That means FRR has to fork out way more money for travel than any other race team. Anyone who wants to leave their current job and join FRR has to move more than halfway across the country. I imagine that makes it more difficult for them to snag personnel.
Then, there’s the matter of on-track speed. FRR has come a long ways since 2005 when it fielded Kenny Wallace and fellow Denver native Jerry Robertson in the No. 78. The fact that Robertson, a local modified racer who had no prior Cup experience, was Visser’s initial choice to pilot the car shows just how much of a grassroots movement FRR was.
In 2006, the team ran its first full season in Cup with Wallace as the primary driver. The No. 78 failed to qualify for 17 races that season, and again the following year. For newer fans, there was a time when more than 40 cars showed up to the track each week. Missed races led to no purse, thousands of dollars in losses for a company backed by its owner.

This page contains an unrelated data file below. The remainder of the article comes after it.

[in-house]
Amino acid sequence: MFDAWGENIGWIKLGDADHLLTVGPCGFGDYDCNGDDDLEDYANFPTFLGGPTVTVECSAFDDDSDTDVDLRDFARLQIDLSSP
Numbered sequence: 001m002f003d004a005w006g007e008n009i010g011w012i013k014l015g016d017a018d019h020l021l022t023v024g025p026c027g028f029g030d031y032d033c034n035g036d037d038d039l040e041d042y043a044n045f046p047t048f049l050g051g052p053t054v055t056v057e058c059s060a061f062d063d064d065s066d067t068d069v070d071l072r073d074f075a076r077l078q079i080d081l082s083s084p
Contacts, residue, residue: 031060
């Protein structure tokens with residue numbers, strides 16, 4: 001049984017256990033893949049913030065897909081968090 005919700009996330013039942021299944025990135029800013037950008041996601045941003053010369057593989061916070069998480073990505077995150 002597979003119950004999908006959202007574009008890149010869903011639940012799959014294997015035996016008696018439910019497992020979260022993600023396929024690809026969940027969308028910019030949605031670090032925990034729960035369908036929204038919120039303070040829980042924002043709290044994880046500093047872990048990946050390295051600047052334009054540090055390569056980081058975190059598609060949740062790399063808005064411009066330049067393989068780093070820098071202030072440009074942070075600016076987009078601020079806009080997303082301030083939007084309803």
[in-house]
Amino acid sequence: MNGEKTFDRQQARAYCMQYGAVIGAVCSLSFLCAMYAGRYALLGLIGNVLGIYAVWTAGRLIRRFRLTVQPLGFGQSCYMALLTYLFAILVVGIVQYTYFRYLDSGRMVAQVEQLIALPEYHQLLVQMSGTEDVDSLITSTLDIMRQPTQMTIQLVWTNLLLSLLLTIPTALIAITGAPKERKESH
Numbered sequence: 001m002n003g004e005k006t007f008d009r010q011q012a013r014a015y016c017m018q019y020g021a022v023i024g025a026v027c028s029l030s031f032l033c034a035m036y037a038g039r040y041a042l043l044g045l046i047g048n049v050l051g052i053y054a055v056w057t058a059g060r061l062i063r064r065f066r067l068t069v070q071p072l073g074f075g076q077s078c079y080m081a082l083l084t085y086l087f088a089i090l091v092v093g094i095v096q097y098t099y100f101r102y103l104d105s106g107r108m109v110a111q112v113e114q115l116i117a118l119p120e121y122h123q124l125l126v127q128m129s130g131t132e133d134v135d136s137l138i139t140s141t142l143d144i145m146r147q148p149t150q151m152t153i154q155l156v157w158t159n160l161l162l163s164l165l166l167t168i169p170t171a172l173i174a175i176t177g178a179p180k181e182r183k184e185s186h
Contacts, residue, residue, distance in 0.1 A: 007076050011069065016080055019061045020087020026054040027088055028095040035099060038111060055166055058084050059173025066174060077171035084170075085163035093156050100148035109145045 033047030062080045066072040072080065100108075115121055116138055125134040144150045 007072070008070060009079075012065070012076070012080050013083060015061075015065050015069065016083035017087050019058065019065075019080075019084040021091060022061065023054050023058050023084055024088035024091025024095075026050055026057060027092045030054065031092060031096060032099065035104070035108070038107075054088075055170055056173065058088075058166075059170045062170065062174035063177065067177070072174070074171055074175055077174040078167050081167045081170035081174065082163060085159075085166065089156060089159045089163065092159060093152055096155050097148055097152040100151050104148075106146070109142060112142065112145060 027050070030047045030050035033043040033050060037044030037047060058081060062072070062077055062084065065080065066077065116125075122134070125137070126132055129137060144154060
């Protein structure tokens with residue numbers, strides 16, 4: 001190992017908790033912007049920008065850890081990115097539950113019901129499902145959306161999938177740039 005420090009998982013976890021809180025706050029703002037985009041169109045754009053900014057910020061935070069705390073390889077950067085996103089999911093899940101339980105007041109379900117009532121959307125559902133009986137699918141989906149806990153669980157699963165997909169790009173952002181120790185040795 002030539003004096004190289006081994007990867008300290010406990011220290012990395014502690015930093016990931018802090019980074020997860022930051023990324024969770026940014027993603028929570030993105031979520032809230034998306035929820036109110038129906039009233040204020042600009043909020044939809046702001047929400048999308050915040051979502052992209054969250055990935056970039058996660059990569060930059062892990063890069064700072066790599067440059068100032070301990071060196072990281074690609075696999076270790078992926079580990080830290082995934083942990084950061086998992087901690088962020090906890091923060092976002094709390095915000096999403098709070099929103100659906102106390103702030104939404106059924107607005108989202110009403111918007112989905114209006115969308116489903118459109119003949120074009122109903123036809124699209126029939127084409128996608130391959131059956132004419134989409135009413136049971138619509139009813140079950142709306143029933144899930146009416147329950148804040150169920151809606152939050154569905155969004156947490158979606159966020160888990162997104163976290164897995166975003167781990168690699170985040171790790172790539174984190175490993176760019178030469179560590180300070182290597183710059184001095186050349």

Despite the troubles, Visser continued to pour money into his team. The only sponsorship came from himself as the owner maintained an independent vision.
The team took a huge step in the right direction when it signed renowned qualifier Front Row Joe Nemechek to drive the car. The DNQ’s decreased significantly and Nemechek even won the team its first pole award in 2008.
But there were drawbacks. The recession forced a reduction to part-time competition with new driver Regan Smith in 2009. Two DNQs in 20 attempts followed in a year where the team posted an average finish of just 27.7.